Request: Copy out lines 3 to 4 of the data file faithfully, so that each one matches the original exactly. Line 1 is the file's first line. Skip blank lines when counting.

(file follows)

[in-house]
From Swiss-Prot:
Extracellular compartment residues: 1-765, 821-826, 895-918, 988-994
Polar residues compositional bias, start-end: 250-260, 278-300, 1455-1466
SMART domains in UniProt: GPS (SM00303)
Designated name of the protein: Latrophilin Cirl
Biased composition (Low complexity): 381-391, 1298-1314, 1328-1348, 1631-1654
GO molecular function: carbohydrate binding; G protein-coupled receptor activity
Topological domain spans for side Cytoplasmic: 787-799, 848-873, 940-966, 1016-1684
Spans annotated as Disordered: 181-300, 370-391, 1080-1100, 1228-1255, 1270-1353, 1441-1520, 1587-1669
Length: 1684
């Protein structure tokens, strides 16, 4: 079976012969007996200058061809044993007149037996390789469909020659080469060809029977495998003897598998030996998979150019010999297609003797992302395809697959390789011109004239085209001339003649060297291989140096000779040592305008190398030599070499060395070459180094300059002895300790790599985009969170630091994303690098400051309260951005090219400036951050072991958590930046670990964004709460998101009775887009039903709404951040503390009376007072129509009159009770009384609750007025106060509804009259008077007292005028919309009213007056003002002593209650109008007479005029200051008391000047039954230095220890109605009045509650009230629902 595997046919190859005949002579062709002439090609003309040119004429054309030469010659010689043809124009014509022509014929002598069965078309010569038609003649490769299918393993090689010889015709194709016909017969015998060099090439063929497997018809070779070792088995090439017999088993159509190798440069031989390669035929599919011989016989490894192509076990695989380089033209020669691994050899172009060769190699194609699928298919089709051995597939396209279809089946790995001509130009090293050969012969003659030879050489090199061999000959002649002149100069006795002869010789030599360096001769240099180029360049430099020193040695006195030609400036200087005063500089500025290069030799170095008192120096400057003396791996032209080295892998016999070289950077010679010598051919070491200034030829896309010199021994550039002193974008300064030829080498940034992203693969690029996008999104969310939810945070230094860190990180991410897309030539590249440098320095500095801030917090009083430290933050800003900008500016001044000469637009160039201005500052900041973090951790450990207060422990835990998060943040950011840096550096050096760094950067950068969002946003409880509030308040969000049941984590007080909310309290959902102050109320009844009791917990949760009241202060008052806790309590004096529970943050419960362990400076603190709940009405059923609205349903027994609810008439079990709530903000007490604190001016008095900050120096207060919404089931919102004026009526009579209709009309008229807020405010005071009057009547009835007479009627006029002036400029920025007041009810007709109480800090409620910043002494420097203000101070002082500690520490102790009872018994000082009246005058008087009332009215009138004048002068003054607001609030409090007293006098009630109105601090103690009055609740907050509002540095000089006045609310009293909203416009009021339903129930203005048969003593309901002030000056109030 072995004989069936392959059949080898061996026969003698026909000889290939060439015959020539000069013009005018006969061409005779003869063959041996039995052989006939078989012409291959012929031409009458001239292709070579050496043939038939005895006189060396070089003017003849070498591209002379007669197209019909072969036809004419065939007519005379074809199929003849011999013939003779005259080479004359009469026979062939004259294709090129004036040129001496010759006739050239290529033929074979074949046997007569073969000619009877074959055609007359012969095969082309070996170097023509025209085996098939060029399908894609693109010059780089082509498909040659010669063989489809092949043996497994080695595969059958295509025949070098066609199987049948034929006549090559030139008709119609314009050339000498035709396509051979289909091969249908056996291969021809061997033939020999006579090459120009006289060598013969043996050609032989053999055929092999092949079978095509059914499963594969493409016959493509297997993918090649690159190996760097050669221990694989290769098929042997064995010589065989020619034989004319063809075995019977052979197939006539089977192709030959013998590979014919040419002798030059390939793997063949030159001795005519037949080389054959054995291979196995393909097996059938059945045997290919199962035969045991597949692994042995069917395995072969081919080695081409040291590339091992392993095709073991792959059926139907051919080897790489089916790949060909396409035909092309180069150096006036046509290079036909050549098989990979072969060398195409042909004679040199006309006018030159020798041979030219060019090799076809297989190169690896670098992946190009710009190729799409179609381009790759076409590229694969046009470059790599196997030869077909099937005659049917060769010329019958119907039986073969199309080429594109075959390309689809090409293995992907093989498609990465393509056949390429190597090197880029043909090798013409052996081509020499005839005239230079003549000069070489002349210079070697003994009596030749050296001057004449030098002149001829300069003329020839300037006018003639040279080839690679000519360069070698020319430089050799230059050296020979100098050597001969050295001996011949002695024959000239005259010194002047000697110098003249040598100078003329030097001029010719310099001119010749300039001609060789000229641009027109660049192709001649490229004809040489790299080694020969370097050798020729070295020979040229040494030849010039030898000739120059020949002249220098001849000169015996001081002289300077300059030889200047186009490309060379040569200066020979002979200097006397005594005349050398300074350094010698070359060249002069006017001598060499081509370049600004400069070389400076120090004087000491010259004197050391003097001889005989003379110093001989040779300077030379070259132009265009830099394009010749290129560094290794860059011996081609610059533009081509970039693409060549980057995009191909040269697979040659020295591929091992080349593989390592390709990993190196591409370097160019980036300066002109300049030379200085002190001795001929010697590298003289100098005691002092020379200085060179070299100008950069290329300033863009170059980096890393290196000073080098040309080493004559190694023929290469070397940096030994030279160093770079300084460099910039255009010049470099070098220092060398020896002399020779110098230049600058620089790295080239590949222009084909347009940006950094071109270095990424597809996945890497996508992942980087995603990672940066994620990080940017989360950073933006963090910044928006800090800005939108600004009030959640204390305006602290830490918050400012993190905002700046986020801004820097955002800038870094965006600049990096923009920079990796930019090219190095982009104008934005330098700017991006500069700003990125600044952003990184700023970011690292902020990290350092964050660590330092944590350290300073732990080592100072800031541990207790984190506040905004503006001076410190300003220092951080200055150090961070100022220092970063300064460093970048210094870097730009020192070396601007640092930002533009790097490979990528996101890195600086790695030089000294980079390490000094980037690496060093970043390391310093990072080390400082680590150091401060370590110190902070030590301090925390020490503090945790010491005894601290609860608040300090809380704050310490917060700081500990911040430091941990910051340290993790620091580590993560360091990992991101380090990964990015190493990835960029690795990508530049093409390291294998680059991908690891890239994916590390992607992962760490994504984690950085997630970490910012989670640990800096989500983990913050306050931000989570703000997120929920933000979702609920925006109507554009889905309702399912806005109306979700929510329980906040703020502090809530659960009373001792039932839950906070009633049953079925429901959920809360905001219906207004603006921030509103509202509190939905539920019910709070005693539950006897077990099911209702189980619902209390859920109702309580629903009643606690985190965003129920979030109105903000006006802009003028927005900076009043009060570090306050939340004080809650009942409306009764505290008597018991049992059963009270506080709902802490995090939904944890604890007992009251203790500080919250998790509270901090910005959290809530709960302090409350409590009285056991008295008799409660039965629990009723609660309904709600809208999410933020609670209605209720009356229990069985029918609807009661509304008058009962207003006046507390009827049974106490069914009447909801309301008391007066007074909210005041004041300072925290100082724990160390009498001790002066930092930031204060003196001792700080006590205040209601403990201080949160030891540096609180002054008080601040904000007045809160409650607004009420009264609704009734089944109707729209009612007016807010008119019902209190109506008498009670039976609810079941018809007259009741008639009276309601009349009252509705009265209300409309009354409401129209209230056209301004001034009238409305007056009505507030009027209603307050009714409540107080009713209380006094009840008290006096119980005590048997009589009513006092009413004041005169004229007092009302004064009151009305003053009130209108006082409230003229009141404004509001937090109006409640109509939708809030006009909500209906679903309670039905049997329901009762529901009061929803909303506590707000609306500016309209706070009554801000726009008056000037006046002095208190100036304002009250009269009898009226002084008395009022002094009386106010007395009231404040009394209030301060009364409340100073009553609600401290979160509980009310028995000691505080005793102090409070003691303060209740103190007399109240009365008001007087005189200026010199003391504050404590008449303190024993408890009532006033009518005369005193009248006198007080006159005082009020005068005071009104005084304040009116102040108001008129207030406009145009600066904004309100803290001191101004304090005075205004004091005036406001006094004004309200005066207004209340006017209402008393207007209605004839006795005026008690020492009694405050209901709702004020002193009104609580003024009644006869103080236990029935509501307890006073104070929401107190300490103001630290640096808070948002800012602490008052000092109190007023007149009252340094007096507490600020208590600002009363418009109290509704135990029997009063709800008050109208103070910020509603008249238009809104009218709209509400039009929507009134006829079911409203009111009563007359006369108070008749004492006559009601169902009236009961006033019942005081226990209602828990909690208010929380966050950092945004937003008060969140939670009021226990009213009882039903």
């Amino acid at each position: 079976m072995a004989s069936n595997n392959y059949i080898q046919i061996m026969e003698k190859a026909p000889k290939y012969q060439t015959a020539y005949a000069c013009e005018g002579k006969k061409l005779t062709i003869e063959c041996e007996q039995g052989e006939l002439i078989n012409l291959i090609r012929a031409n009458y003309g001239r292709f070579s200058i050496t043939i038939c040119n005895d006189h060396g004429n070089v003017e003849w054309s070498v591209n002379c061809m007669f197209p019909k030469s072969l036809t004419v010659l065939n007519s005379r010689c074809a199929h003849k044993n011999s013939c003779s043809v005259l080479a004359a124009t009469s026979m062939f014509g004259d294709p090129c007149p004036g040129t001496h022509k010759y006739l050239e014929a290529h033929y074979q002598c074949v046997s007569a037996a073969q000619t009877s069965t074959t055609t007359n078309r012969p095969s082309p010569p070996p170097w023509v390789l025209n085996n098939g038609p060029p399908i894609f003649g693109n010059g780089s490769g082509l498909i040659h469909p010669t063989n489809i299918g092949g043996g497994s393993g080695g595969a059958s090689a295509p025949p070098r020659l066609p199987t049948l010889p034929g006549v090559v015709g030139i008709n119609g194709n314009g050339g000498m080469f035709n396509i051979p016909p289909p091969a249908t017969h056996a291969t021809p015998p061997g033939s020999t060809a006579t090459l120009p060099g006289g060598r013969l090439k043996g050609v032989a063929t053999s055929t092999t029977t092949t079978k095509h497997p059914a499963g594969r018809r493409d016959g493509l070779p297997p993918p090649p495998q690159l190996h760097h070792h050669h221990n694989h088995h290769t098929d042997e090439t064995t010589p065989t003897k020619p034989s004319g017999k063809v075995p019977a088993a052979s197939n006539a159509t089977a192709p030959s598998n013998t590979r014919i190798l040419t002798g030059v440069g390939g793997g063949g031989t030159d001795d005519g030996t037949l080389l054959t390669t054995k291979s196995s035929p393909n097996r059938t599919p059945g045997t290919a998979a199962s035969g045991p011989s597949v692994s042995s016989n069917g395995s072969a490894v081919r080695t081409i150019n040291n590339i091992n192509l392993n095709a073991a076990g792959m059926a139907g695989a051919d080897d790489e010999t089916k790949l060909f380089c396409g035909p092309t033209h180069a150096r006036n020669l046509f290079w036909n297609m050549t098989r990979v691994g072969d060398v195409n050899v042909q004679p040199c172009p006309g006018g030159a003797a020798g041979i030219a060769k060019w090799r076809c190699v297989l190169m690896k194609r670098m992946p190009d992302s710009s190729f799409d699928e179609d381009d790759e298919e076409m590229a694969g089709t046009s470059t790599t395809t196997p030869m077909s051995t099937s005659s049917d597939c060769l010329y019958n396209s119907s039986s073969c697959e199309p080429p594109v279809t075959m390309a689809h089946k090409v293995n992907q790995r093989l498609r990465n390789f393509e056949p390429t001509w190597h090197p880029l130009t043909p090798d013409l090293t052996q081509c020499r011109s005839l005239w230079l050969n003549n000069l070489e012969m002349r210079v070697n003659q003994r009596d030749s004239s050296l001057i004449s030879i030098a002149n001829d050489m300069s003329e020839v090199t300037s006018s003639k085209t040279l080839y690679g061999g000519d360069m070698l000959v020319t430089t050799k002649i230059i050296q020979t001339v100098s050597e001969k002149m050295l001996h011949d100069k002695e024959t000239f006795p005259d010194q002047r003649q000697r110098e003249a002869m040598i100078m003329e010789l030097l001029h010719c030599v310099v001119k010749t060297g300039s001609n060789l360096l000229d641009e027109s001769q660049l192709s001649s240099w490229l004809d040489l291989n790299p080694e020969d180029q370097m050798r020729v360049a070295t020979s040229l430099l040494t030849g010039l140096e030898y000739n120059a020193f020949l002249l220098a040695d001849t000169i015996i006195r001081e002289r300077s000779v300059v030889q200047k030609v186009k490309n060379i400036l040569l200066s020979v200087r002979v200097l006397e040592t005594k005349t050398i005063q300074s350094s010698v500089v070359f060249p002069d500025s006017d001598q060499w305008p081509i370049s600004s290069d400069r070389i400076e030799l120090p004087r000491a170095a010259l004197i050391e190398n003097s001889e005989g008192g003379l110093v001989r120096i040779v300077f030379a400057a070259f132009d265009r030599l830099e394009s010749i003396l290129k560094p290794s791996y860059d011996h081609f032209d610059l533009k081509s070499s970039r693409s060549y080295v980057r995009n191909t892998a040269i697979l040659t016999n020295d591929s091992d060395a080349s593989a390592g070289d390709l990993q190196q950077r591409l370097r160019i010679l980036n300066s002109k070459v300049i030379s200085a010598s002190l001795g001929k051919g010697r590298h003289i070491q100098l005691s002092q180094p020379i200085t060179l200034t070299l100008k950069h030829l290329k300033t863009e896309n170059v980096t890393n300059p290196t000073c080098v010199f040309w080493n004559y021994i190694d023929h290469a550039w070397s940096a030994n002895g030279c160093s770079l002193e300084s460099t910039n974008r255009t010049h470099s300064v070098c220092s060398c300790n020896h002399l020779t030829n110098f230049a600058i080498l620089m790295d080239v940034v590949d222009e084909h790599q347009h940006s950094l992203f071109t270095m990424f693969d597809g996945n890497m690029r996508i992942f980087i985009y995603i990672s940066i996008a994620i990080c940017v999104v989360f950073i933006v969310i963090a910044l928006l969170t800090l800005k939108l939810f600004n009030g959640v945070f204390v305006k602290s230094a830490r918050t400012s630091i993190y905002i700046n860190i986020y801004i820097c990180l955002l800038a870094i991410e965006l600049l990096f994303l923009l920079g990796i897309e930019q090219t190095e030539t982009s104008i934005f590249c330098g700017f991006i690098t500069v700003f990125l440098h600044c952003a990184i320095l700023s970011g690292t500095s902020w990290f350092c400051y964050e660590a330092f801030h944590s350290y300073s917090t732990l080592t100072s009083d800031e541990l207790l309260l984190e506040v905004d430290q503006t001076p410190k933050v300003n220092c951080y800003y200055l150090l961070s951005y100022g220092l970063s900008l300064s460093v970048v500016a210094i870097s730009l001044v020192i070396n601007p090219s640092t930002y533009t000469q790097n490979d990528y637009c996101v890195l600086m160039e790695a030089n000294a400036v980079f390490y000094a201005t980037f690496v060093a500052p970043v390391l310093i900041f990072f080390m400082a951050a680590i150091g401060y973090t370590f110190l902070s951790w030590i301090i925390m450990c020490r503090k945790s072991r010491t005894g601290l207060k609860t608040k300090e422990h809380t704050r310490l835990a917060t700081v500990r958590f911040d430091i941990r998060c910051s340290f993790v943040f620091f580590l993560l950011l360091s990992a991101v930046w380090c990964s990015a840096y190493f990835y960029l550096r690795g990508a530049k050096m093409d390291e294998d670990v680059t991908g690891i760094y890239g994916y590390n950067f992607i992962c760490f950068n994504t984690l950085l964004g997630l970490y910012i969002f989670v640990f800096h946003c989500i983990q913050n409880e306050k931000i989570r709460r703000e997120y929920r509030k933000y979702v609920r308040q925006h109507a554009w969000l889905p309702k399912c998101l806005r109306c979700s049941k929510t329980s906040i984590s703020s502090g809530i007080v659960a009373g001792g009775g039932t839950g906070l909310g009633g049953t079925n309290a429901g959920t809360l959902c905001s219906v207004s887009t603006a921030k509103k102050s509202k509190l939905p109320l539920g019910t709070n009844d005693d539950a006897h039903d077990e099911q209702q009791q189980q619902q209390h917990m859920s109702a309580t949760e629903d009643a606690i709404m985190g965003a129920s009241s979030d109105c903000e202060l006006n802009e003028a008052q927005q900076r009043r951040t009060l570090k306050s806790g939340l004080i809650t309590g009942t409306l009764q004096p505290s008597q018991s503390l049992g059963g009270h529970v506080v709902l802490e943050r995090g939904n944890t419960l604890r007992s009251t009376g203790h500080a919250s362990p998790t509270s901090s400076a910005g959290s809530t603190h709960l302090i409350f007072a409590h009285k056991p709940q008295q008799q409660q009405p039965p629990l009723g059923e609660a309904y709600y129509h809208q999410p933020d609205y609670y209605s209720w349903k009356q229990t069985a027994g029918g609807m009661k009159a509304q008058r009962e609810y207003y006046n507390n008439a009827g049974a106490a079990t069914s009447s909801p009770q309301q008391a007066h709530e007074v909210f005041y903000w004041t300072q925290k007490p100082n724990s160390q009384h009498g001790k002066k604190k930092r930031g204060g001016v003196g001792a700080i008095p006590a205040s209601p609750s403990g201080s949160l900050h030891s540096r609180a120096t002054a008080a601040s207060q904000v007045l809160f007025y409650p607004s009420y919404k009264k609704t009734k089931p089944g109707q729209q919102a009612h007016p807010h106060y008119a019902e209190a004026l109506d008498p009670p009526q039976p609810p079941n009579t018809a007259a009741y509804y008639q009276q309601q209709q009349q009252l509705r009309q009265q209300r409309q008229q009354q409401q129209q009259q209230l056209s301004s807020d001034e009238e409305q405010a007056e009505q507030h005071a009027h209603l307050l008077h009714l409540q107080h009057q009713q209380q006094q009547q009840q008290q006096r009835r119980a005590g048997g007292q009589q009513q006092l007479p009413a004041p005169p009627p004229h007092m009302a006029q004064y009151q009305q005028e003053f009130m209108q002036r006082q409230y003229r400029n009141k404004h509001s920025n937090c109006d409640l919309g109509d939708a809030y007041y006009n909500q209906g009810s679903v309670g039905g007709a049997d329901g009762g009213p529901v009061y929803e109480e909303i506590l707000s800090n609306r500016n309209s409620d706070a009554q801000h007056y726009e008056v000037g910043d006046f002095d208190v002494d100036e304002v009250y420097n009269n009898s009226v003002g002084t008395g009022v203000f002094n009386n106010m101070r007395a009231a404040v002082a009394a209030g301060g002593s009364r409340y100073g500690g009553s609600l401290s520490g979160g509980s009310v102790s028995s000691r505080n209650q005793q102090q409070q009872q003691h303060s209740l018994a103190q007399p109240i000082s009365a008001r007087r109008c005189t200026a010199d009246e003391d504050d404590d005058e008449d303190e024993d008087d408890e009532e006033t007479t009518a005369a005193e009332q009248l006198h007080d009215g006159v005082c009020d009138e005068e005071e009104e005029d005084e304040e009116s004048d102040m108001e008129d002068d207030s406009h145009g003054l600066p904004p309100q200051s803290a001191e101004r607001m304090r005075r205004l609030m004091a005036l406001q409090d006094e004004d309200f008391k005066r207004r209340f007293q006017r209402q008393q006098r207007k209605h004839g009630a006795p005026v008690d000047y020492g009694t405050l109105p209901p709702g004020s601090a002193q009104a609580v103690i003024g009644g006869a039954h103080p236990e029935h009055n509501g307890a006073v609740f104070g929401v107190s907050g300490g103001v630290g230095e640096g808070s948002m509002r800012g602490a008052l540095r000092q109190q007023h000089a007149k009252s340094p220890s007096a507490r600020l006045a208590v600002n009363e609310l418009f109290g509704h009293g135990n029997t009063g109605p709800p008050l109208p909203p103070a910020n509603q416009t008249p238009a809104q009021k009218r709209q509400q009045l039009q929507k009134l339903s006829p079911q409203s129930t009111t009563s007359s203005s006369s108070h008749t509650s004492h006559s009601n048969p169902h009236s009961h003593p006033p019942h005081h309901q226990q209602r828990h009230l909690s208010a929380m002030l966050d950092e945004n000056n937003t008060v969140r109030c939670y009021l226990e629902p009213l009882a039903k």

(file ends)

Extracellular compartment residues: 1-765, 821-826, 895-918, 988-994
Polar residues compositional bias, start-end: 250-260, 278-300, 1455-1466